A key force behind the theory is that a private Dell can make the decisions it feels are best for its customers -- and ultimately the company -- without worrying about its next quarterly earnings call with investors and financial analysts. That's a luxury most other tech behemoths -- Microsoft comes to mind these days -- don't enjoy.
Techaisle analyst Anurag Agrawal said in an email interview that Dell going private won't have any automatic impacts for customers, good or bad. But he sees a big opportunity for the firm in becoming a one-stop IT shop for a greater number of business customers while simultaneously continuing to invest in its hardware business, PCs included. Agrawal noted that Dell's two-year spree of acquisitions has helped it make inroads as an "end-to-end" IT provider for large enterprises. It faces stiff competition there from entrenched players like IBM and HP, though, at the same time that its consumer PC business has suffered from stagnant sales.
[ Despite the headlines, tablets aren't taking over everywhere. See Are PCs Dead? Not For SMBs. ]
According to Agrawal, a private Dell, one that doesn't deal with the downsides of being a publicly held concern, would do well to extend its end-to-end services strategy to the small and midsize business (SMB) market.
"Although Dell is making good inroads into the enterprise segment, specifically within healthcare, SMBs could be a good target market," Agrawal said. "HP is still strong with SMBs, but there are too many players targeting the market segment. Dell will have a lot to do in this area."
Indeed, it won't be easy. While Dell's PCs have long been a popular choice for U.S. SMBs, the relatively new services side of the business has far less traction. Among other reasons: Plenty of SMBs probably don't know those services even exist.
"We feel Dell's SMB-related end-to-end solutions story has not yet reached the crescendo," Agrawal said. "It almost seems like tepid communication [with SMBs]."
There's a glaring place to start fixing that problem, according to Agrawal: Dell.com. "If one visits Dell's website there is no separate section for SMBs," he said. "And our research shows that SMBs' first point of [IT] knowledge-gathering is through vendor websites. Typing in SMB in their search box brings up a list of servers. That is not enough."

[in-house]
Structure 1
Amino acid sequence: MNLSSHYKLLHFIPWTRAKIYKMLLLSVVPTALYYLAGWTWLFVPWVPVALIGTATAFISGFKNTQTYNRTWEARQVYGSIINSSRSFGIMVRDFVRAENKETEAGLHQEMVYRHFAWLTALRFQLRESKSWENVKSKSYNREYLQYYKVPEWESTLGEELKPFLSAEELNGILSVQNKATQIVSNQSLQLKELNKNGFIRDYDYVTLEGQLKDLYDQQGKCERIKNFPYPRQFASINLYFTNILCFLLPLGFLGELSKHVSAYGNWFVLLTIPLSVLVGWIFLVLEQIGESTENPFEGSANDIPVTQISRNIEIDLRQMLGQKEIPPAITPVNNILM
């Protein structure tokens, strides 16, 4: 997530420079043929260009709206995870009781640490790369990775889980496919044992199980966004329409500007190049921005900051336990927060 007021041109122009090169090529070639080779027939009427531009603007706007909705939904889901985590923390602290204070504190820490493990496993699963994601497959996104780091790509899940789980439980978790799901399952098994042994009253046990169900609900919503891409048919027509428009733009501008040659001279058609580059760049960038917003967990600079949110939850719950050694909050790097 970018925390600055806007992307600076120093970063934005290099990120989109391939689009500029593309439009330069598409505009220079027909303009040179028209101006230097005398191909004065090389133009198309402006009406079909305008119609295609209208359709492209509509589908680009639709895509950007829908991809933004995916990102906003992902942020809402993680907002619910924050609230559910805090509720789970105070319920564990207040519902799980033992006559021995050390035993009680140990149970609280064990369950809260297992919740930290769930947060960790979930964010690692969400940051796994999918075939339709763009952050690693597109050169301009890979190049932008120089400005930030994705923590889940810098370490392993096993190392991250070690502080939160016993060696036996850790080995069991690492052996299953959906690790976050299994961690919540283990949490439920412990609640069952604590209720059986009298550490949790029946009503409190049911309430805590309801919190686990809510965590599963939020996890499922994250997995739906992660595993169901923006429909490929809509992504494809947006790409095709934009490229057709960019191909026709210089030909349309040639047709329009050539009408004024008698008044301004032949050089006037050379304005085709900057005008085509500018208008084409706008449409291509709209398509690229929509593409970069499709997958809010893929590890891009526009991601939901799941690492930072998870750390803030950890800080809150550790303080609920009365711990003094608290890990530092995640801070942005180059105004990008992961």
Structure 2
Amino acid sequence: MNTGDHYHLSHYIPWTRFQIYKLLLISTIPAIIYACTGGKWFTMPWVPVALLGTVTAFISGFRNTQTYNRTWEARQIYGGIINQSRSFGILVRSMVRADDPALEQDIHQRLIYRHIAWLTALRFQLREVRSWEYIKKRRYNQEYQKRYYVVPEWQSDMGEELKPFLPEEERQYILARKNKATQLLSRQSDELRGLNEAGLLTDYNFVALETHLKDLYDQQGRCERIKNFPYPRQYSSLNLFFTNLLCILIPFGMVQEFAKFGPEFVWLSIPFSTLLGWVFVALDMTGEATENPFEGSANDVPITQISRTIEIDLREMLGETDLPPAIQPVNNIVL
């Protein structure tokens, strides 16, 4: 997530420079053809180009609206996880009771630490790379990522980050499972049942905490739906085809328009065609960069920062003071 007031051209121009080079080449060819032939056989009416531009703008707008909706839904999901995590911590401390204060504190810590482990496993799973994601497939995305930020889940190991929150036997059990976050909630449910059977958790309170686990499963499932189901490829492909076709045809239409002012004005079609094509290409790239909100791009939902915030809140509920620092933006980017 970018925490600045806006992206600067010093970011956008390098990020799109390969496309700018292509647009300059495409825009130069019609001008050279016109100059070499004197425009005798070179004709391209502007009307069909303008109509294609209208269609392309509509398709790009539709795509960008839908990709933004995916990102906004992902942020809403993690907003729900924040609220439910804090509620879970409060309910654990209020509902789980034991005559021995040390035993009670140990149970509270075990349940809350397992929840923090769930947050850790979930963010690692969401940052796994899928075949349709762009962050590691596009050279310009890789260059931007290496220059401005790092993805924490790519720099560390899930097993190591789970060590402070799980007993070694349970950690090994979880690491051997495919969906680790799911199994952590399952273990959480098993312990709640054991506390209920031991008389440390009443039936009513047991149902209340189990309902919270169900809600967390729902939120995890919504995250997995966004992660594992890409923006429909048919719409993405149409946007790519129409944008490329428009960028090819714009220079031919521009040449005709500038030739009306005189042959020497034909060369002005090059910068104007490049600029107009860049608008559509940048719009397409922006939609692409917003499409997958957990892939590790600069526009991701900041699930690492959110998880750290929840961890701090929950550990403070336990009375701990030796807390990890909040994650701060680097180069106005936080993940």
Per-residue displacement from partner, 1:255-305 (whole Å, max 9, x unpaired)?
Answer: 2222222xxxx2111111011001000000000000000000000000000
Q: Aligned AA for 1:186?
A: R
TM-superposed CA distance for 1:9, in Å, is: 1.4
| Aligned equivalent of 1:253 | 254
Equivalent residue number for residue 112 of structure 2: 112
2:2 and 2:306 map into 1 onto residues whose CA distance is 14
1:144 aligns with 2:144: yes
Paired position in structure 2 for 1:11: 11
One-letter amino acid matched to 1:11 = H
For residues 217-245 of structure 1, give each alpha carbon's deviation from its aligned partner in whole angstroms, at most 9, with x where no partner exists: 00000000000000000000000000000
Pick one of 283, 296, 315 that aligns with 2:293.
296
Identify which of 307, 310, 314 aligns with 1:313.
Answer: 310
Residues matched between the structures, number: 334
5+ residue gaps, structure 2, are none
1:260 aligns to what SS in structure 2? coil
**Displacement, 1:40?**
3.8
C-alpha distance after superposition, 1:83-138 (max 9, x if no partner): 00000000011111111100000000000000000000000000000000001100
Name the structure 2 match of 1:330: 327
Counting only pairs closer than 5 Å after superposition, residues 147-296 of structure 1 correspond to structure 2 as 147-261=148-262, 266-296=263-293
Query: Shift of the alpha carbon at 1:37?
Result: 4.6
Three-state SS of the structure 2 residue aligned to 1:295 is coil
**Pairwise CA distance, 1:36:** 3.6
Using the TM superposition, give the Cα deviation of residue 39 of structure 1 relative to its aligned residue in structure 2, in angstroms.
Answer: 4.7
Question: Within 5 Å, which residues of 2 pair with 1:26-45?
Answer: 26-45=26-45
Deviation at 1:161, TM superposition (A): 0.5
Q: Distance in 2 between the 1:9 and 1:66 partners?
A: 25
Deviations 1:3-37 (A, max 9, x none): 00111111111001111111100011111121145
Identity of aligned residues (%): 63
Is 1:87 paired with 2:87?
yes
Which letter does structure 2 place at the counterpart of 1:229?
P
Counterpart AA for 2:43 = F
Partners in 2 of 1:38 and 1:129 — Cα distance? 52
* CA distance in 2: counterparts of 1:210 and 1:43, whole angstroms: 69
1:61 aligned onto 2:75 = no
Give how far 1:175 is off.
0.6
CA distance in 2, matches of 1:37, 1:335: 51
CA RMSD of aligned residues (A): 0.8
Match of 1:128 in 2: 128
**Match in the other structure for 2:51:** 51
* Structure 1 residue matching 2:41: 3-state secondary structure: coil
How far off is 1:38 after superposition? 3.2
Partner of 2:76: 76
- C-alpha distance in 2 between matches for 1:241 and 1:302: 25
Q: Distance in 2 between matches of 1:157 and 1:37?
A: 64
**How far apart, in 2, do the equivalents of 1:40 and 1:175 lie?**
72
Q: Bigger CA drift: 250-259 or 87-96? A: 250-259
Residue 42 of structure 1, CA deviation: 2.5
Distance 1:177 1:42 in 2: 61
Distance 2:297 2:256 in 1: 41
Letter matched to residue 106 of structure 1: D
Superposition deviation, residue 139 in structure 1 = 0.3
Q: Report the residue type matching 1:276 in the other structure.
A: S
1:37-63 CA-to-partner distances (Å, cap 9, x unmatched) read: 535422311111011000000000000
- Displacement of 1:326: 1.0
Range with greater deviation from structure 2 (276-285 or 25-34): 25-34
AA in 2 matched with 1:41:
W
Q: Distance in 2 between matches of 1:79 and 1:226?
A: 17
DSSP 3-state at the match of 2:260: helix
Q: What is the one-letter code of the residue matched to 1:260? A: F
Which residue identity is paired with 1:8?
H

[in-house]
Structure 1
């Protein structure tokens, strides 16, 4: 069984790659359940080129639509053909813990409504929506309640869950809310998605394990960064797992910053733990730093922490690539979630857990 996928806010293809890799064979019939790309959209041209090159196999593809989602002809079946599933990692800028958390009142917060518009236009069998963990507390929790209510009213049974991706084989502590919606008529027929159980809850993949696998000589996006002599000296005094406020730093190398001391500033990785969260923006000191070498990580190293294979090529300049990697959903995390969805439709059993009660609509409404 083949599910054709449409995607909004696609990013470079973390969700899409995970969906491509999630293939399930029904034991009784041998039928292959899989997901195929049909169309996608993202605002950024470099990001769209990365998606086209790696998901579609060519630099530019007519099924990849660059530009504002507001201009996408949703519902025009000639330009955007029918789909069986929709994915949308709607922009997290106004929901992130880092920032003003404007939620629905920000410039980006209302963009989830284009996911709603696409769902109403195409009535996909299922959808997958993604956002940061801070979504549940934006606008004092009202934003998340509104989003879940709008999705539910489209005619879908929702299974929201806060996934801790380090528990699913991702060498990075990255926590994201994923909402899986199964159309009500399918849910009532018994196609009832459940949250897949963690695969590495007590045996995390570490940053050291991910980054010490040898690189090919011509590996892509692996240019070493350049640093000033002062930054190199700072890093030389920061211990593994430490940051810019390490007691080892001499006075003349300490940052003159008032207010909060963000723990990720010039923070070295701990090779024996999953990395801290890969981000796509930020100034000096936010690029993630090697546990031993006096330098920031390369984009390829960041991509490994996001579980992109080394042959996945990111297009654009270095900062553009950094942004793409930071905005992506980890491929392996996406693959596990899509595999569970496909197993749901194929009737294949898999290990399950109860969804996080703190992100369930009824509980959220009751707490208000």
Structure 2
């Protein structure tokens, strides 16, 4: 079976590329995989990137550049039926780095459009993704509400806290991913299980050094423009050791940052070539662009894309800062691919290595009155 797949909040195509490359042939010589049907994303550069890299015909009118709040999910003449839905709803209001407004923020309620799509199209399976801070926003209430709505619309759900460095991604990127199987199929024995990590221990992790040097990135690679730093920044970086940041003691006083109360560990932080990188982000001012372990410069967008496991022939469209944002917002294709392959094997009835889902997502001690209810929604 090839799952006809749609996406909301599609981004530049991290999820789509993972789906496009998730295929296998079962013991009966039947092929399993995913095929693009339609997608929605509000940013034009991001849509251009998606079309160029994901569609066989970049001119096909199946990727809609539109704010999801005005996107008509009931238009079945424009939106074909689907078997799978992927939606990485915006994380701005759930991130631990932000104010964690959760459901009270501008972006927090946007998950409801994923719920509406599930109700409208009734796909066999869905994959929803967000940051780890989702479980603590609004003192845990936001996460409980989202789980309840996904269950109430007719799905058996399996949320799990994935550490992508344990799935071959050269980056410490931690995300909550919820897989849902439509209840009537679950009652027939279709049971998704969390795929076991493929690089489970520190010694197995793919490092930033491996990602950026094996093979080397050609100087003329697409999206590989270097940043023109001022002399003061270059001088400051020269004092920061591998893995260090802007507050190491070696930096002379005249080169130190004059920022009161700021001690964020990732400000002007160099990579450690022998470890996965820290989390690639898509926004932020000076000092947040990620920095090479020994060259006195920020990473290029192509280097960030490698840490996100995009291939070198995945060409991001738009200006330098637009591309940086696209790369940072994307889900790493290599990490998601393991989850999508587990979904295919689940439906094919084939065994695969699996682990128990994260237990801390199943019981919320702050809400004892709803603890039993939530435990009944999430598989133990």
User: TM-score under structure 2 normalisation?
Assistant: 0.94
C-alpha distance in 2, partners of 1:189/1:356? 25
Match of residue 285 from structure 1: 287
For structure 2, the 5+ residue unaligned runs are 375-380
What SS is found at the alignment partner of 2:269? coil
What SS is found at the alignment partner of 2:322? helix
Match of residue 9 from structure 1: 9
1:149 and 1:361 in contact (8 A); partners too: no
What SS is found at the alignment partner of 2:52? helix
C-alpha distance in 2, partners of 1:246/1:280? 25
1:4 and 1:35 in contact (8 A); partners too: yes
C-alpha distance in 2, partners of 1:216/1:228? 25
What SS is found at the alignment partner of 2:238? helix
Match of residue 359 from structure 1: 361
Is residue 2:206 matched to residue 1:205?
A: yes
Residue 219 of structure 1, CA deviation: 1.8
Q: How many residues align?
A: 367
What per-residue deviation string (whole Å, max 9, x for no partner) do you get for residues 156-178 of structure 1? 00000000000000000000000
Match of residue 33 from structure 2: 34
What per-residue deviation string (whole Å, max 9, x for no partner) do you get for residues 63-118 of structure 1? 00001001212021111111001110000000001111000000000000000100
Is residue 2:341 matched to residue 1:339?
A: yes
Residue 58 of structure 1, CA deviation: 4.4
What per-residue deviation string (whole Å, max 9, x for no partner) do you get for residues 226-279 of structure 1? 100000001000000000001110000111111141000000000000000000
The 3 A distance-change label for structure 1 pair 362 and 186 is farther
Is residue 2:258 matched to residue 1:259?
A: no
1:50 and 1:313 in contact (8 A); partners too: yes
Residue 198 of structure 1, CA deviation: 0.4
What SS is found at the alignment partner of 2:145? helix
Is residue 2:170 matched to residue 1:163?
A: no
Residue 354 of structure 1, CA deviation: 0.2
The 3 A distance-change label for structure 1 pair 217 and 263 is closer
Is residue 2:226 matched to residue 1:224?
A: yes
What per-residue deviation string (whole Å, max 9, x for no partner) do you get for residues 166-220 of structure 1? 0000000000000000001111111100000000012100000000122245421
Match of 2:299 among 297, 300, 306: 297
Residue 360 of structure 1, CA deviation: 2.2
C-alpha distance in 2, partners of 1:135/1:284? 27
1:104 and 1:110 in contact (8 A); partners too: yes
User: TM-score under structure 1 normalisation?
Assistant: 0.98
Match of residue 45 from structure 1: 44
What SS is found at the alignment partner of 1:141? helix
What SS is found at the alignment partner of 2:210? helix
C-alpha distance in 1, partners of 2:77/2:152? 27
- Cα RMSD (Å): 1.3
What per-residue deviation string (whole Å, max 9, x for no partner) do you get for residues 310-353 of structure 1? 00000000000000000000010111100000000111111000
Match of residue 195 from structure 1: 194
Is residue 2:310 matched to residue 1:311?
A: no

The buyout deal could have negative effects, too, fostering skepticism among certain customers as a result of the decreased transparency inherent in a private corporation. "[Dell will need to] earn [the] trust of the SMB customer through a direct dialogue and conversations through its SMB-focused channel partners," Agrawal said.
The upside for a wide range of SMBs is the virtual CIO scenario, where Dell becomes a one-stop IT shop for SMBs burdened with technology headaches. "Technology pain points have now overtaken business pain points for SMBs, and Dell has to work towards becoming a trusted adviser," Agrawal said. There is a relative smattering of SMBs today with that kind of a relationship with Dell. Agrawal mentioned a research interview with one SMB exec who called Dell her "CIO in a box," and he added that her firm isn't alone. But many SMBs still view Dell mainly as a hardware provider. Agrawal noted eight critical areas where SMBs need help soothing those aforementioned pain points: Cloud, virtualization, managed services, collaboration, analytics, backup and disaster recovery, and security.
"[After] going private, if they really invest in building [those] solution areas that solve [pain] points, then it will be good for Dell and better for the industry. With privatization, Dell has a rare opportunity to build products and solutions from which customers can capture value," Agrawal said. "Right now, the message is not clear."
His primary concern is that the now-private Dell will place too much emphasis on PCs, tablets and other devices. Combined with a lack of communication with SMBs, that could kill the virtual CIO scenario.
"What do SMBs think now? For PCs go to Dell, for solutions go somewhere else," Agrawal said.